Keter CEO Alejandro Pena

Failed management and huge debts: Keter Plastic’s credit rating drops

Moody's downgraded Keter's credit rating to Caa1, after a move to recycle the company's debts led by CEO Alejandro Pena failed. The rating company notes that the high leverage and high interest rates will make it difficult to recycle the debt amounting to 1.2 billion euros

The deterioration of Keter Plastic under CEO Alejandro Pena continues: after the failure to take the company public in the U.S., rating agency Moody's lowered the company's credit rating by one level from B3 to Caa1. The rating agency's economists determined that the recession and inflation damaged the company's stability. The downgrade is also accompanied by a change in the outlook from stable to negative, this is due to the weight of the loans taken out by the controlling owner BC Partners for the purchase of the company from the Sagol family. In 2016, the fund purchased 80% of the shares for $1.4 billion according to a company value of $1.7 billion.
The CEO of the Keter Group, Alejandro Pena, planned to issue the company last September but failed in the task after receiving negative indications from the market regarding its valuation. Pena aimed to issue Keter at a value of $2.5 billion before money and raise $500 million. After that he tried to start the process of recycling the debt, but this move also failed for the time being and led to the lowering of the company's rating.
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אלחנדרו פנה מנכ"ל כתר העולמית משרדי כתר פלסטיק ב קנדה
אלחנדרו פנה מנכ"ל כתר העולמית משרדי כתר פלסטיק ב קנדה
Keter CEO Alejandro Pena
(Photo: Carlos Aristizabal - Shutterstock)
As previously reported in Calcalist, starting from last month, one year before the leveraged loans expire in October 2023, the fund must present solutions to finance the repayment of the debt in the amount of 1.2 billion euros, and the failure of this move could lead to a downgrade. Moody's negatively notes Keter's leverage level of eight times (ratio between debt and EBITDA) and estimates that in 2024 this level may decrease to seven times. Keter faces the option of recycling the debt through lenders or private credit funds, but the economic crisis is a challenge, according to Moody's economists.
According to Moody's, the CEO continues to try to lead a debt recycling move, this after withdrawing from a similar move to recycle 1.3 billion euros last January because the interest rates seemed too high to him. This decision led the company to embark on the same move at a later date, but in an even more difficult economic environment. According to sources close to the BC Partners fund, this chain of wrong decisions is creating tension between the fund and the CEO’s office.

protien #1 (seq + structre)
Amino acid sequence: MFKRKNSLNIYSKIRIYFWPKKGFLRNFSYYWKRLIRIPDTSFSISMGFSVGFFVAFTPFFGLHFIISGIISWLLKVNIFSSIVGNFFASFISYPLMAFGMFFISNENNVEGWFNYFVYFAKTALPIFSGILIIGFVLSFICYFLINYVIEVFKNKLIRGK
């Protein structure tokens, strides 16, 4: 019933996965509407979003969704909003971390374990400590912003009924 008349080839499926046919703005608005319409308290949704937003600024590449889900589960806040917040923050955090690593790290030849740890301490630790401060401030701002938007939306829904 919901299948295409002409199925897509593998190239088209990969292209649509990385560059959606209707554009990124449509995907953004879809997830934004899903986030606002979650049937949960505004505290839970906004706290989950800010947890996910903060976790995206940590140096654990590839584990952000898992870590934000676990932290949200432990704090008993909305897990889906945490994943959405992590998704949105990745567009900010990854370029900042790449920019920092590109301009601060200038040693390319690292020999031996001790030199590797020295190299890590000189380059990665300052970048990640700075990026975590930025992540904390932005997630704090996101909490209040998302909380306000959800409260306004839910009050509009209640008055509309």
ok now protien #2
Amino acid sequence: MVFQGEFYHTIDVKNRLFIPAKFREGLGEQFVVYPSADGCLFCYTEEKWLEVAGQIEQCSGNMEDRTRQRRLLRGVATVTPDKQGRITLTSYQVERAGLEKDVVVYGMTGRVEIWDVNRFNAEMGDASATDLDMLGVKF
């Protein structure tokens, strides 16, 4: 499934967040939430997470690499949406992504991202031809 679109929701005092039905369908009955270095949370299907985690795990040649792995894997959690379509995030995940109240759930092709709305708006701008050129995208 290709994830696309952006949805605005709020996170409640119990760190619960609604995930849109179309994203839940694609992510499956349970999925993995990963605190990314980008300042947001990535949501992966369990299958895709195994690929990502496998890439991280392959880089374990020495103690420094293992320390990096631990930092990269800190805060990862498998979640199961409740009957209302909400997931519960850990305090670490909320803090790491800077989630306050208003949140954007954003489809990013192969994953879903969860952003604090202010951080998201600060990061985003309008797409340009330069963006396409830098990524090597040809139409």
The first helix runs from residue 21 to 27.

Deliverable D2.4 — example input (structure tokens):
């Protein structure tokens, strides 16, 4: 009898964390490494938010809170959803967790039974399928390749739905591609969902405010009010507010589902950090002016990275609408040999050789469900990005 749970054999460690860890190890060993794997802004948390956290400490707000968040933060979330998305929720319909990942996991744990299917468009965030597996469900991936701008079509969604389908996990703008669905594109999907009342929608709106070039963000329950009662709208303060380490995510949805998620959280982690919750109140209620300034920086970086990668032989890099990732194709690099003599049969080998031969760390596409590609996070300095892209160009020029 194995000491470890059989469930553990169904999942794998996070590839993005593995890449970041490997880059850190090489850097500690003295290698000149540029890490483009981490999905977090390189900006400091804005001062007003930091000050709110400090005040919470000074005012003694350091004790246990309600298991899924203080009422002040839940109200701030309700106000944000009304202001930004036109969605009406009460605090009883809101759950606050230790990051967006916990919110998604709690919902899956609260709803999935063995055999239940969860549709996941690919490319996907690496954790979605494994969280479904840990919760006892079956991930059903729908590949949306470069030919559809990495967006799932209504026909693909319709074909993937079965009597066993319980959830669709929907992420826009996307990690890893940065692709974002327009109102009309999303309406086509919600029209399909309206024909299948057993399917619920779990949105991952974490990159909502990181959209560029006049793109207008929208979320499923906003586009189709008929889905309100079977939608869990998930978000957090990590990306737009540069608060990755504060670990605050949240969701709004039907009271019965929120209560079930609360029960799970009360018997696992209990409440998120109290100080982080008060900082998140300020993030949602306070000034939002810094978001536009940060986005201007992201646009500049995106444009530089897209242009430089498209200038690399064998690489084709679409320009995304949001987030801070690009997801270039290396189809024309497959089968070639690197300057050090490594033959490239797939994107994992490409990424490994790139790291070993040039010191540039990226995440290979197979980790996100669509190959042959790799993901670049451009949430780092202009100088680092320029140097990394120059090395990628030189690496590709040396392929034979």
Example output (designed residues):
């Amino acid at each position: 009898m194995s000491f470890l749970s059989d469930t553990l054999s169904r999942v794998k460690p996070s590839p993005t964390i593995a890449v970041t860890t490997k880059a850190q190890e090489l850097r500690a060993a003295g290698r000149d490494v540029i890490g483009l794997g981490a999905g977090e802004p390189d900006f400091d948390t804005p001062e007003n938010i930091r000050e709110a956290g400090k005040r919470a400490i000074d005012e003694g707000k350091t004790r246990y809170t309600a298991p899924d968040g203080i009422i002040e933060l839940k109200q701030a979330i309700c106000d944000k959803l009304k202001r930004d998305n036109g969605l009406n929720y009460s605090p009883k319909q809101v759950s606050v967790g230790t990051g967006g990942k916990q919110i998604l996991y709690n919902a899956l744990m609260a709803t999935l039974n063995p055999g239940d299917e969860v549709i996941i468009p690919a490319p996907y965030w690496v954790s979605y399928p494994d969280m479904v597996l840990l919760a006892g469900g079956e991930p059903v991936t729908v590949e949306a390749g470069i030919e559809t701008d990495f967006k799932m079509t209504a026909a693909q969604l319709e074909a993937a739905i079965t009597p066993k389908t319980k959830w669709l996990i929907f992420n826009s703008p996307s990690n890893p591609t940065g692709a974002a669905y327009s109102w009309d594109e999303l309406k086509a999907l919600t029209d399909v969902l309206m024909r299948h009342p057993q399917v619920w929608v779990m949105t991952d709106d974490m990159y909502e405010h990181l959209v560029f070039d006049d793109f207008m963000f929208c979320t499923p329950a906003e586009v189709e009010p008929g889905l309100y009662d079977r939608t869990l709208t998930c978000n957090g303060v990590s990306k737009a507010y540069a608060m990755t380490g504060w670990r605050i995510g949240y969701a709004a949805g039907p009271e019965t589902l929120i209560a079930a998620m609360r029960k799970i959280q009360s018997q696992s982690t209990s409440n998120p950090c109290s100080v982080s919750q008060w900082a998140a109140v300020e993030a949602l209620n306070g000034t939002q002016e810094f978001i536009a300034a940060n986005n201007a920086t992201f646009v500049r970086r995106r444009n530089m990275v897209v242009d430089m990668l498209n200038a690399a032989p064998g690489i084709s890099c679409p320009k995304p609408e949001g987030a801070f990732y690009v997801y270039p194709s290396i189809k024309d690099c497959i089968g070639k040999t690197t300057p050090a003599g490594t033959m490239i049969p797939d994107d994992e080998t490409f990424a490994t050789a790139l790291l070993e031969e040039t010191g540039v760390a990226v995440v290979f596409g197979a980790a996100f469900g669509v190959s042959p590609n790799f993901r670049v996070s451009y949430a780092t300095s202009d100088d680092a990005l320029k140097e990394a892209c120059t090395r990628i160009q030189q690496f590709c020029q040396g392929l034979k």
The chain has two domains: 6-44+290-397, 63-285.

Pena was appointed to the position in February 2018. The decision to appoint a foreign CEO was made in order to bring the company to a successful IPO on Nasdaq. Keter was supposed to raise hundreds of millions of dollars in the IPO for the purpose of paying off the debt taken by the fund for its purchase. The issuance would have improved the capital structure of the company and facilitated the recycling of the remaining debt, under better financing conditions than those offered to Keter today.
Moody's economists state that the company's high leverage, together with macroeconomic conditions and rising interest rates, will make it difficult to recycle the debt. According to them, the delay in recycling hurt the company's liquidity. According to Moody's, there was a 13% increase in the company's sales in the first eight months of the year, due to an increase in demand. However, the company's EBITDA fell by 15% during this period as a result of inflation. They point out that Keter has taken a series of steps to improve profitability and expect an improvement in profitability at the end of the second half of 2022, but the effects of the recession and inflation will eat away at the company's projected profitability.
The rating agency expects some recovery during 2023, among other things due to a drop in raw material costs and Keter's strength as a leading manufacturer with sales in Europe, North America and Israel. Moody's positively notes Keter's strength in the wide range of products and its relationships with major distributors. In 2021, Keter recorded revenues of 1.6 billion euros and EBITDA (flow operating profit) of 228 million euros. The company has liquid capital of 131 million euros (cash and cash equivalents), available credit of 102 million euros and additional credit of 31 million euros against future income and inventory. The authors of the report note that Keter's rating may drop again if the company does not carry out the debt recycling process in the coming months or that the debt recycling process will cause losses for the lenders.
Keter employs about 5,000 workers, half of them in Israel. The crisis in the company due to the failed management of Pena recently led to the dismissal of about 100 of its employees in Israel.